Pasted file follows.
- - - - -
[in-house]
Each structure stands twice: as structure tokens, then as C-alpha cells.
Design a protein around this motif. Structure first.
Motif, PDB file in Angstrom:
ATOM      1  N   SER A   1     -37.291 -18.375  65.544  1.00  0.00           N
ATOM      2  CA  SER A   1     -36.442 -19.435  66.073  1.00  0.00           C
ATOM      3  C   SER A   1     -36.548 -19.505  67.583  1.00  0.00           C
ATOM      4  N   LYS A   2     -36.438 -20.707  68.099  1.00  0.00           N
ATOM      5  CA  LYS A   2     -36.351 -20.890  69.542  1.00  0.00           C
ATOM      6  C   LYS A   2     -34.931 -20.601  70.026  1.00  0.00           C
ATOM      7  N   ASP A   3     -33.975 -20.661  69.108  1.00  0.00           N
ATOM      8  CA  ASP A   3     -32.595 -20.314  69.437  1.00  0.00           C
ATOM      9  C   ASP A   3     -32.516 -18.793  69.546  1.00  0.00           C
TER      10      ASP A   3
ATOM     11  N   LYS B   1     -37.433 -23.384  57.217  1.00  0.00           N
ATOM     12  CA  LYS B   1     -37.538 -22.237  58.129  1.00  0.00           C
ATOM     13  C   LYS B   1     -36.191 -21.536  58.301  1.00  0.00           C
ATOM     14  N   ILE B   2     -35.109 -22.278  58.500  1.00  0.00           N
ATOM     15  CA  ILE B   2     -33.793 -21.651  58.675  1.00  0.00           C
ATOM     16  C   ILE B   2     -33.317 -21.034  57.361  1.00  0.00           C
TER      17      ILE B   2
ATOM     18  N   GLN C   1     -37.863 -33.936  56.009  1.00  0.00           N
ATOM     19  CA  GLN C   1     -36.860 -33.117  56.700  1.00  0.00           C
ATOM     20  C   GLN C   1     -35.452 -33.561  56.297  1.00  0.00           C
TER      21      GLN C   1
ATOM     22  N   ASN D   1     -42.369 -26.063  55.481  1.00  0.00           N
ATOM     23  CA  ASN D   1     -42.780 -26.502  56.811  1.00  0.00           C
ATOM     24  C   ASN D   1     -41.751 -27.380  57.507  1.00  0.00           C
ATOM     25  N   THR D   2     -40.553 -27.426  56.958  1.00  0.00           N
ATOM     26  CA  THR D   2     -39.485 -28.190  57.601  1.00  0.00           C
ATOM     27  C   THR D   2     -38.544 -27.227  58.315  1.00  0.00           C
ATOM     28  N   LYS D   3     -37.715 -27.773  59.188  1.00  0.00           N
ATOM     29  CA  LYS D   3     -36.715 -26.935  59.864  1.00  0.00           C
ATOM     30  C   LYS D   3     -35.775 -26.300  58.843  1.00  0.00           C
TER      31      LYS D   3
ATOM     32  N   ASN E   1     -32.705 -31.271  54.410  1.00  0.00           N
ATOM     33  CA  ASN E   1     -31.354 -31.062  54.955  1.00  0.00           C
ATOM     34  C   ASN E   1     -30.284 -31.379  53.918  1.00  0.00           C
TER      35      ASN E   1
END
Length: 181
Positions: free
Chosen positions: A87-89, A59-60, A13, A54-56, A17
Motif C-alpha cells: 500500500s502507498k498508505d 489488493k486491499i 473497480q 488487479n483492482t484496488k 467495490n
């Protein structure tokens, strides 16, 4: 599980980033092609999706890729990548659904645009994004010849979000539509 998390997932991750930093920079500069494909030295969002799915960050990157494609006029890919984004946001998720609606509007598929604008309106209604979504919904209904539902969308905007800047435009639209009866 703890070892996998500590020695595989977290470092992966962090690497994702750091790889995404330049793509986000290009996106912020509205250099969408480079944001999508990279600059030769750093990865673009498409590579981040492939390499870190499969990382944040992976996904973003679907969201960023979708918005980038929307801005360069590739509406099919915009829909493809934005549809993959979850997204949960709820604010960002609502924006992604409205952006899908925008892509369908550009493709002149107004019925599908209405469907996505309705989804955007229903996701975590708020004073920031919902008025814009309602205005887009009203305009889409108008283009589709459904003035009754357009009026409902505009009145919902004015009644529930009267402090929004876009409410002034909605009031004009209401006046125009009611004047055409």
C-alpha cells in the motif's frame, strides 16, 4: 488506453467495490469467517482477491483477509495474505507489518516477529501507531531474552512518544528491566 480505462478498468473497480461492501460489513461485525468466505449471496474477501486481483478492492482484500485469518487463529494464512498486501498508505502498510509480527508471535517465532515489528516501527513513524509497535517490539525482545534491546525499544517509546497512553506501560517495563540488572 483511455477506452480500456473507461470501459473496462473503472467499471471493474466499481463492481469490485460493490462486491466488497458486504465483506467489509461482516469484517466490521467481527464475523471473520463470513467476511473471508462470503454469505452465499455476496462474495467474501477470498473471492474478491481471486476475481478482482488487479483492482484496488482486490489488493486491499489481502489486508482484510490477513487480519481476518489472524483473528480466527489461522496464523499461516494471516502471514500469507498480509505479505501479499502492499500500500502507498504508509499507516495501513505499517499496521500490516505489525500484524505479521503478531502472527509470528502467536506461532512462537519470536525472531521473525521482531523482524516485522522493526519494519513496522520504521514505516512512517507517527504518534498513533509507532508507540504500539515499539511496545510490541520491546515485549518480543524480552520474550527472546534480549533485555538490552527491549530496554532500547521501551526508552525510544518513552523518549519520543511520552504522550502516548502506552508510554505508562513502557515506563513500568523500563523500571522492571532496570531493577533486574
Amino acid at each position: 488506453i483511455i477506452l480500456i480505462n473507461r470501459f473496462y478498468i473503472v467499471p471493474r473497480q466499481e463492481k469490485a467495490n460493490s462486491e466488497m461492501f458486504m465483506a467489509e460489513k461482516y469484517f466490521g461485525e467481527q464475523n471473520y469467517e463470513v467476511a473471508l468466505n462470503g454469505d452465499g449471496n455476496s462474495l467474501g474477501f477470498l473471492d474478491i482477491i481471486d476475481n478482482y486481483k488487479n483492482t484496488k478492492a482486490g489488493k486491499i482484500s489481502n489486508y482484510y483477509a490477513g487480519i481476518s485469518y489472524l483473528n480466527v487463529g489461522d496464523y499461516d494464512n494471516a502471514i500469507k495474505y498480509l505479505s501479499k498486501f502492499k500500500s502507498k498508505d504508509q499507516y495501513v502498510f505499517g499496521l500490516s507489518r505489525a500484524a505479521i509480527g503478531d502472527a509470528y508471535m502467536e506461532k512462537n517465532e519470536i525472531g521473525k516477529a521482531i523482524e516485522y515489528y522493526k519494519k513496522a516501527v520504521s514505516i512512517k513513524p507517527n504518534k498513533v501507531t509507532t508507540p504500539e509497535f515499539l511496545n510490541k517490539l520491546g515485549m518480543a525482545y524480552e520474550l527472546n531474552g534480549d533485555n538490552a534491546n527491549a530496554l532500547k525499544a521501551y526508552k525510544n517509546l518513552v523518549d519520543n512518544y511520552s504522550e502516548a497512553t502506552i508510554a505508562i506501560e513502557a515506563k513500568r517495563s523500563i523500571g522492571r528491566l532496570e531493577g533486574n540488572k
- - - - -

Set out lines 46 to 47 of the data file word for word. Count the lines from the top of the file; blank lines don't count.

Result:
C-alpha cells in the motif's frame, strides 16, 4: 488506453467495490469467517482477491483477509495474505507489518516477529501507531531474552512518544528491566 480505462478498468473497480461492501460489513461485525468466505449471496474477501486481483478492492482484500485469518487463529494464512498486501498508505502498510509480527508471535517465532515489528516501527513513524509497535517490539525482545534491546525499544517509546497512553506501560517495563540488572 483511455477506452480500456473507461470501459473496462473503472467499471471493474466499481463492481469490485460493490462486491466488497458486504465483506467489509461482516469484517466490521467481527464475523471473520463470513467476511473471508462470503454469505452465499455476496462474495467474501477470498473471492474478491481471486476475481478482482488487479483492482484496488482486490489488493486491499489481502489486508482484510490477513487480519481476518489472524483473528480466527489461522496464523499461516494471516502471514500469507498480509505479505501479499502492499500500500502507498504508509499507516495501513505499517499496521500490516505489525500484524505479521503478531502472527509470528502467536506461532512462537519470536525472531521473525521482531523482524516485522522493526519494519513496522520504521514505516512512517507517527504518534498513533509507532508507540504500539515499539511496545510490541520491546515485549518480543524480552520474550527472546534480549533485555538490552527491549530496554532500547521501551526508552525510544518513552523518549519520543511520552504522550502516548502506552508510554505508562513502557515506563513500568523500563523500571522492571532496570531493577533486574
Amino acid at each position: 488506453i483511455i477506452l480500456i480505462n473507461r470501459f473496462y478498468i473503472v467499471p471493474r473497480q466499481e463492481k469490485a467495490n460493490s462486491e466488497m461492501f458486504m465483506a467489509e460489513k461482516y469484517f466490521g461485525e467481527q464475523n471473520y469467517e463470513v467476511a473471508l468466505n462470503g454469505d452465499g449471496n455476496s462474495l467474501g474477501f477470498l473471492d474478491i482477491i481471486d476475481n478482482y486481483k488487479n483492482t484496488k478492492a482486490g489488493k486491499i482484500s489481502n489486508y482484510y483477509a490477513g487480519i481476518s485469518y489472524l483473528n480466527v487463529g489461522d496464523y499461516d494464512n494471516a502471514i500469507k495474505y498480509l505479505s501479499k498486501f502492499k500500500s502507498k498508505d504508509q499507516y495501513v502498510f505499517g499496521l500490516s507489518r505489525a500484524a505479521i509480527g503478531d502472527a509470528y508471535m502467536e506461532k512462537n517465532e519470536i525472531g521473525k516477529a521482531i523482524e516485522y515489528y522493526k519494519k513496522a516501527v520504521s514505516i512512517k513513524p507517527n504518534k498513533v501507531t509507532t508507540p504500539e509497535f515499539l511496545n510490541k517490539l520491546g515485549m518480543a525482545y524480552e520474550l527472546n531474552g534480549d533485555n538490552a534491546n527491549a530496554l532500547k525499544a521501551y526508552k525510544n517509546l518513552v523518549d519520543n512518544y511520552s504522550e502516548a497512553t502506552i508510554a505508562i506501560e513502557a515506563k513500568r517495563s523500563i523500571g522492571r528491566l532496570e531493577g533486574n540488572k